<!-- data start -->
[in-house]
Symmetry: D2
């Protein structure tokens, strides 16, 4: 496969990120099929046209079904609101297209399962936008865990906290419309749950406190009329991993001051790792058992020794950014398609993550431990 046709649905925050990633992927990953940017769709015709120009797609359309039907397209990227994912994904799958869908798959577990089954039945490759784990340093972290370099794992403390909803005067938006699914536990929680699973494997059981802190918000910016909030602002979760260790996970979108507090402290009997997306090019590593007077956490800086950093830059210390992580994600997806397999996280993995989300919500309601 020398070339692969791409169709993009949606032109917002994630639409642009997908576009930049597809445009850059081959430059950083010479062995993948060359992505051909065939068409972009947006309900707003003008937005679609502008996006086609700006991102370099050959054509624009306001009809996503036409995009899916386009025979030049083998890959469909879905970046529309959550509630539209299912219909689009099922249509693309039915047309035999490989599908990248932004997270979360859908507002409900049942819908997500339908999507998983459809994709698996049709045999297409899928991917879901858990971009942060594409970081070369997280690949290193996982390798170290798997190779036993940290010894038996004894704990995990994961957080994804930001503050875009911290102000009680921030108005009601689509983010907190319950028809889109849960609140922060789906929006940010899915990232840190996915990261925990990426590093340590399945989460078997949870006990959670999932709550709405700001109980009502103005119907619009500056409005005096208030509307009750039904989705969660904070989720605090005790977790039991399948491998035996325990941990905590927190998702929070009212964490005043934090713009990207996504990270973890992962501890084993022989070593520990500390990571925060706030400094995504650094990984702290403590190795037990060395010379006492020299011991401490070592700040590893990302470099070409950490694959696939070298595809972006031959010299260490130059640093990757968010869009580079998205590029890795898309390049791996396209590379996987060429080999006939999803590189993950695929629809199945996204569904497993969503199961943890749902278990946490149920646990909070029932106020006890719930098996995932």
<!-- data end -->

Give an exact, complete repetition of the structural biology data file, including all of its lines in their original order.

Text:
[in-house]
Symmetry: D2
């Protein structure tokens, strides 16, 4: 496969990120099929046209079904609101297209399962936008865990906290419309749950406190009329991993001051790792058992020794950014398609993550431990 046709649905925050990633992927990953940017769709015709120009797609359309039907397209990227994912994904799958869908798959577990089954039945490759784990340093972290370099794992403390909803005067938006699914536990929680699973494997059981802190918000910016909030602002979760260790996970979108507090402290009997997306090019590593007077956490800086950093830059210390992580994600997806397999996280993995989300919500309601 020398070339692969791409169709993009949606032109917002994630639409642009997908576009930049597809445009850059081959430059950083010479062995993948060359992505051909065939068409972009947006309900707003003008937005679609502008996006086609700006991102370099050959054509624009306001009809996503036409995009899916386009025979030049083998890959469909879905970046529309959550509630539209299912219909689009099922249509693309039915047309035999490989599908990248932004997270979360859908507002409900049942819908997500339908999507998983459809994709698996049709045999297409899928991917879901858990971009942060594409970081070369997280690949290193996982390798170290798997190779036993940290010894038996004894704990995990994961957080994804930001503050875009911290102000009680921030108005009601689509983010907190319950028809889109849960609140922060789906929006940010899915990232840190996915990261925990990426590093340590399945989460078997949870006990959670999932709550709405700001109980009502103005119907619009500056409005005096208030509307009750039904989705969660904070989720605090005790977790039991399948491998035996325990941990905590927190998702929070009212964490005043934090713009990207996504990270973890992962501890084993022989070593520990500390990571925060706030400094995504650094990984702290403590190795037990060395010379006492020299011991401490070592700040590893990302470099070409950490694959696939070298595809972006031959010299260490130059640093990757968010869009580079998205590029890795898309390049791996396209590379996987060429080999006939999803590189993950695929629809199945996204569904497993969503199961943890749902278990946490149920646990909070029932106020006890719930098996995932």